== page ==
A classic pop group’s 40th anniversary is marked by triumph and tragedy
Gerry Beckley and Dewey Bunnell of America are celebrating their fourth decade together with an album of cover versions, Back Pages, which harks back to the group’s formation as high school friends living abroad in England. America immediately scored with megahits like “A Horse With No Name,” “Ventura Highway” and “Sister Golden Hair” before fellow founding member Dan Peek departed to make contemporary Christian music in 1977. Beckley and Bunnell went on to continued success as a duo, and in 2007 enjoyed their highest-charting album in 25 years with Here & Now. We spoke with Beckley from his home in California about his group’s durability and Peek’s tragic death from heart disease in July.
How did you decide which songs you wanted to do on Back Pages?
We had done so many albums where it was our own material, and there was a selection process for all of that—you lay all your cards on the table and let everybody else comment. This was a different set of criteria. I picked songs that I thought were strong and that I would like to sing, and Dewey did the same thing. Then Fred Mollin, who produced the project and has an incredibly deep knowledge of music, had his own list. The three of us threw in well over 50 tunes, and then everybody narrowed it down. It was a cool process.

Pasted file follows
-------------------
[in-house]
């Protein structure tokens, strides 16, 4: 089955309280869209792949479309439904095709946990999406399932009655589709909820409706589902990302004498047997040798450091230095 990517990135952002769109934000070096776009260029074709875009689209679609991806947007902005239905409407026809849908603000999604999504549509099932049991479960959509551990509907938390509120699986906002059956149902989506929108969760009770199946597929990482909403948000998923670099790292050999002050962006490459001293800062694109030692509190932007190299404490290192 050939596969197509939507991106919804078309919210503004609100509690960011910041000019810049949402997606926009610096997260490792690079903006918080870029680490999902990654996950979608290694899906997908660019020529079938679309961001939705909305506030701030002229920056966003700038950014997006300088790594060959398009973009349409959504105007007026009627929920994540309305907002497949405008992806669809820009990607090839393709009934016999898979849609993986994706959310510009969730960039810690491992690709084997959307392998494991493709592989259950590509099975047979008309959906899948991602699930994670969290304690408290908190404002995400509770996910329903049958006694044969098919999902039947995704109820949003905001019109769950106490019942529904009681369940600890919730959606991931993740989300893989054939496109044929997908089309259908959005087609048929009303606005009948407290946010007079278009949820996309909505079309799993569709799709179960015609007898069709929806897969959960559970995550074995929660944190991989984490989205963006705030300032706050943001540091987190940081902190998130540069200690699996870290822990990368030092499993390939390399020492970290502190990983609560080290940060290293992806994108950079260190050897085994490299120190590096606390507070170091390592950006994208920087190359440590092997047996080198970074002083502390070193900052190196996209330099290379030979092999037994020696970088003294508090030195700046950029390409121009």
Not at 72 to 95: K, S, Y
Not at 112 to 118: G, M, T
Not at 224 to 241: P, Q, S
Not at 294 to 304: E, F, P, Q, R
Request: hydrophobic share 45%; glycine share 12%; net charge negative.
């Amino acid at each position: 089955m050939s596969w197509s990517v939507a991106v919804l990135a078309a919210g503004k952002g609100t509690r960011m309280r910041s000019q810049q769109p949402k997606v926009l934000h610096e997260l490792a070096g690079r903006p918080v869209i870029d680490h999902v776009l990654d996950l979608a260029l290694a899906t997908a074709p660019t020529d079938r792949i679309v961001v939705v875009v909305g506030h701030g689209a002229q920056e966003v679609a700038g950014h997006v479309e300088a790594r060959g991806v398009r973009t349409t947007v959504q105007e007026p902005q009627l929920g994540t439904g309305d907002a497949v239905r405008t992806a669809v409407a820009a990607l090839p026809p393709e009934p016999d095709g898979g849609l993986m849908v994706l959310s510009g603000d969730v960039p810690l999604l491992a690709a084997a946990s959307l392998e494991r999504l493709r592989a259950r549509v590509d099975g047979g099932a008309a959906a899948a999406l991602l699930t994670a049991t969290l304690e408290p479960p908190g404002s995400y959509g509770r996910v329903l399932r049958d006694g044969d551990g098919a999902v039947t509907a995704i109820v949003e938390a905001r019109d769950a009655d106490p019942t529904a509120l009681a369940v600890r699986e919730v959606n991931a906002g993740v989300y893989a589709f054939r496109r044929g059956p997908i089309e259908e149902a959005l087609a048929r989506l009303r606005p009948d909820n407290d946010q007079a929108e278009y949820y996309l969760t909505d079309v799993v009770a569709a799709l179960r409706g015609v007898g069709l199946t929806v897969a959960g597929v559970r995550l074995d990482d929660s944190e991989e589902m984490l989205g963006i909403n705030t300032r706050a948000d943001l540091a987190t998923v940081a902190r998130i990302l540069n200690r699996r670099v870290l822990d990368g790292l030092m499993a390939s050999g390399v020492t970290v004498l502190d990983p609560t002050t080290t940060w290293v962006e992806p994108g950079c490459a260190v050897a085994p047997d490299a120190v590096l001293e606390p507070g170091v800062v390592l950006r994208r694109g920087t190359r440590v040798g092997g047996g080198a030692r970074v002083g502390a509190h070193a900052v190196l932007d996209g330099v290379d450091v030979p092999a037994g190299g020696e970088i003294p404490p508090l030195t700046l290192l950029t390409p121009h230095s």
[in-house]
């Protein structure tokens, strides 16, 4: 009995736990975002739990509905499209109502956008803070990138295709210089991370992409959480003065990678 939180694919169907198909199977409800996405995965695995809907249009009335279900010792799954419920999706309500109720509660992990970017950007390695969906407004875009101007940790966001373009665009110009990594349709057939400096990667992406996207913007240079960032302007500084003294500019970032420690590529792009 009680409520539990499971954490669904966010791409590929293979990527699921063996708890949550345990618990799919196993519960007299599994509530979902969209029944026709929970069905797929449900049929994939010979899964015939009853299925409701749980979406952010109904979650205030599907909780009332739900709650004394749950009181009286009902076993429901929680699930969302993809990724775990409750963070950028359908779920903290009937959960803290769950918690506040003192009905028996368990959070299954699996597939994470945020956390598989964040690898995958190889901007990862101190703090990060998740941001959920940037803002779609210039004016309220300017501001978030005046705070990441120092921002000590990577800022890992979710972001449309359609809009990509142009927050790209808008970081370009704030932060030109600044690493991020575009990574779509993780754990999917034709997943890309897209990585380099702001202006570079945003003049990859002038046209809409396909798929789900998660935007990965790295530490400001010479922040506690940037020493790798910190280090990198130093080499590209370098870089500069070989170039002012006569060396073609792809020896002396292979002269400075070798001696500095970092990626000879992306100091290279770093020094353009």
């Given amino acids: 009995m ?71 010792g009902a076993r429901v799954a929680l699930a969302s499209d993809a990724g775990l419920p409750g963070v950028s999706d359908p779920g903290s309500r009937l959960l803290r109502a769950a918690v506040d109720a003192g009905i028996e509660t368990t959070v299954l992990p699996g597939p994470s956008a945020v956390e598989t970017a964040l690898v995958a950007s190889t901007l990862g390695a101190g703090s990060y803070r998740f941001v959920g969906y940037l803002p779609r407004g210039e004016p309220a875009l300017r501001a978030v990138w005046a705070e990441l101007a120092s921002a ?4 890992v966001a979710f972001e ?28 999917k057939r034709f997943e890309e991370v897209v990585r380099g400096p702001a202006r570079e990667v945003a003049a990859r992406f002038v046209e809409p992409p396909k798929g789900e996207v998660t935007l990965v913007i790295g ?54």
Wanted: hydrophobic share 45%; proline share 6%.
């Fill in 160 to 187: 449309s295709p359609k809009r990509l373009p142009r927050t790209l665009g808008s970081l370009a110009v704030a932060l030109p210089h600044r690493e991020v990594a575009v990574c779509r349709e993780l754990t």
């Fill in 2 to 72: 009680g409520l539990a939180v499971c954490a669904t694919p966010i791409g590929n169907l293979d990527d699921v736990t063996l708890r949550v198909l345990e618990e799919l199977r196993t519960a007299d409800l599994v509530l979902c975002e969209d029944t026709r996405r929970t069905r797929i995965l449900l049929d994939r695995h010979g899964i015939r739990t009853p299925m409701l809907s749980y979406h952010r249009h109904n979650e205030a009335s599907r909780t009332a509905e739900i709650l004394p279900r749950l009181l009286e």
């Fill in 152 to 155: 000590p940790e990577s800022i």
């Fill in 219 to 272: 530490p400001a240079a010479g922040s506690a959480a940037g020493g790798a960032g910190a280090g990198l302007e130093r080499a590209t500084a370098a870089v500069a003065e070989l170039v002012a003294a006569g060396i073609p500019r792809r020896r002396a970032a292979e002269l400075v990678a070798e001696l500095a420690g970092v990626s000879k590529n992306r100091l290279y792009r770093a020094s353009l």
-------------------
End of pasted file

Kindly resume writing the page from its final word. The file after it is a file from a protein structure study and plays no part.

How do you and Dewey relate now?
It’s gone through many changes over the years. We first met in high school, before we were even in a band together, so there’s a foundation that goes way beyond the 40 years. Once Dan left in ’77, that was one of the bigger adjustments, to go from a three-piece to a two-piece, but if anything it strengthened our relationship. We call it a democracy, but what we really mean is that whoever is more passionate about a particular issue, the other will usually defer to him.
When did you last talk to Dan?
We spoke earlier this year about a couple of tunes he had and the idea of getting together to work on them. We hadn’t spoken for quite a while, but I did on occasion get an email from him, so it wasn’t like we never heard from him. It was a pretty open story. People would ask us, “What about Dan?” and we’d say, “Well, he’s got his own website and he continues to record his own music.” But it’s been a very emotional few weeks. It was just way too early for anybody. He was only 60.
You were on some of Dan’s solo stuff.
Yeah, in fact a YouTube clip came to me just the other day with the making of one of his contemporary Christian albums, and the producer had a camera in the control room. I come in saying hello to everybody, and there’s Dan. It was a bizarre sense of déjà vu. Fortunately that was a really great session and everything worked out really well, and it’s all there. You can just sit and watch the recording process and how we figured our harmonies out. I can thank Google Alert for that one.
What’s next for America?
The Back Pages album is a very good example of something we’d never done. It just goes to show you that when you think you’ve covered every space and you’ve played everywhere, there’s always something else going on. Recording other people’s material was so rewarding. I can imagine there’s at least another album there if we find the time to do it, because there was such a long list of great songs. So, onward and upward.
‘Whoever is more passionate about an issue,
the other will usually defer to him.’